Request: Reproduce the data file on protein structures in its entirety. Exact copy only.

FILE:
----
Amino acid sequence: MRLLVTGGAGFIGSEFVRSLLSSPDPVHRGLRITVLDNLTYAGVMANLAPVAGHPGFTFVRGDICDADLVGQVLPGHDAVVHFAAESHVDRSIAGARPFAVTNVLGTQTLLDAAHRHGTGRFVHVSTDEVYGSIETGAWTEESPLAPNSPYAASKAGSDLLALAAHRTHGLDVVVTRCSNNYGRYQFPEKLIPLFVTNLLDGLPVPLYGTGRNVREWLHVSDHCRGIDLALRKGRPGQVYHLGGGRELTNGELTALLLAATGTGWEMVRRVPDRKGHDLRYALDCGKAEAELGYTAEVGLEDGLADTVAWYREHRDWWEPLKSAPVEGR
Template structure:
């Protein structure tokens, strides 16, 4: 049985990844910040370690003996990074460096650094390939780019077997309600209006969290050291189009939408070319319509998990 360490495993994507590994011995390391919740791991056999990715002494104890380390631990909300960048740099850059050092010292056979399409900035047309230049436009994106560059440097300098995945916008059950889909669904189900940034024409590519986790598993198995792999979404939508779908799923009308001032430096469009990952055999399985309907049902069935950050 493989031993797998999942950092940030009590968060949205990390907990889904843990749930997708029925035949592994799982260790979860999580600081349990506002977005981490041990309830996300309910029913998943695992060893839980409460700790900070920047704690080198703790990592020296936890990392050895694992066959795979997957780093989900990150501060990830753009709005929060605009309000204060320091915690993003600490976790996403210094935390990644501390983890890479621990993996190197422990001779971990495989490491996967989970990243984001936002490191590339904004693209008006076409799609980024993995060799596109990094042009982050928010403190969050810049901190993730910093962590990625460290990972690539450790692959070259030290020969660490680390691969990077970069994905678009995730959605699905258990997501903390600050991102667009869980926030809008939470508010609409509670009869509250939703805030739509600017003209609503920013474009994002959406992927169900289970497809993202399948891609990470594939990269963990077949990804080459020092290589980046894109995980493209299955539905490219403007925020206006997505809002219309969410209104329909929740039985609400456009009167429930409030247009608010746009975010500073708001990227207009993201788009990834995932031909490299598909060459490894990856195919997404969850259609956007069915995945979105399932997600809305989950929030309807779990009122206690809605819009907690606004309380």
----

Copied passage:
Amino acid sequence: MRLLVTGGAGFIGSEFVRSLLSSPDPVHRGLRITVLDNLTYAGVMANLAPVAGHPGFTFVRGDICDADLVGQVLPGHDAVVHFAAESHVDRSIAGARPFAVTNVLGTQTLLDAAHRHGTGRFVHVSTDEVYGSIETGAWTEESPLAPNSPYAASKAGSDLLALAAHRTHGLDVVVTRCSNNYGRYQFPEKLIPLFVTNLLDGLPVPLYGTGRNVREWLHVSDHCRGIDLALRKGRPGQVYHLGGGRELTNGELTALLLAATGTGWEMVRRVPDRKGHDLRYALDCGKAEAELGYTAEVGLEDGLADTVAWYREHRDWWEPLKSAPVEGR
Template structure:
């Protein structure tokens, strides 16, 4: 049985990844910040370690003996990074460096650094390939780019077997309600209006969290050291189009939408070319319509998990 360490495993994507590994011995390391919740791991056999990715002494104890380390631990909300960048740099850059050092010292056979399409900035047309230049436009994106560059440097300098995945916008059950889909669904189900940034024409590519986790598993198995792999979404939508779908799923009308001032430096469009990952055999399985309907049902069935950050 493989031993797998999942950092940030009590968060949205990390907990889904843990749930997708029925035949592994799982260790979860999580600081349990506002977005981490041990309830996300309910029913998943695992060893839980409460700790900070920047704690080198703790990592020296936890990392050895694992066959795979997957780093989900990150501060990830753009709005929060605009309000204060320091915690993003600490976790996403210094935390990644501390983890890479621990993996190197422990001779971990495989490491996967989970990243984001936002490191590339904004693209008006076409799609980024993995060799596109990094042009982050928010403190969050810049901190993730910093962590990625460290990972690539450790692959070259030290020969660490680390691969990077970069994905678009995730959605699905258990997501903390600050991102667009869980926030809008939470508010609409509670009869509250939703805030739509600017003209609503920013474009994002959406992927169900289970497809993202399948891609990470594939990269963990077949990804080459020092290589980046894109995980493209299955539905490219403007925020206006997505809002219309969410209104329909929740039985609400456009009167429930409030247009608010746009975010500073708001990227207009993201788009990834995932031909490299598909060459490894990856195919997404969850259609956007069915995945979105399932997600809305989950929030309807779990009122206690809605819009907690606004309380």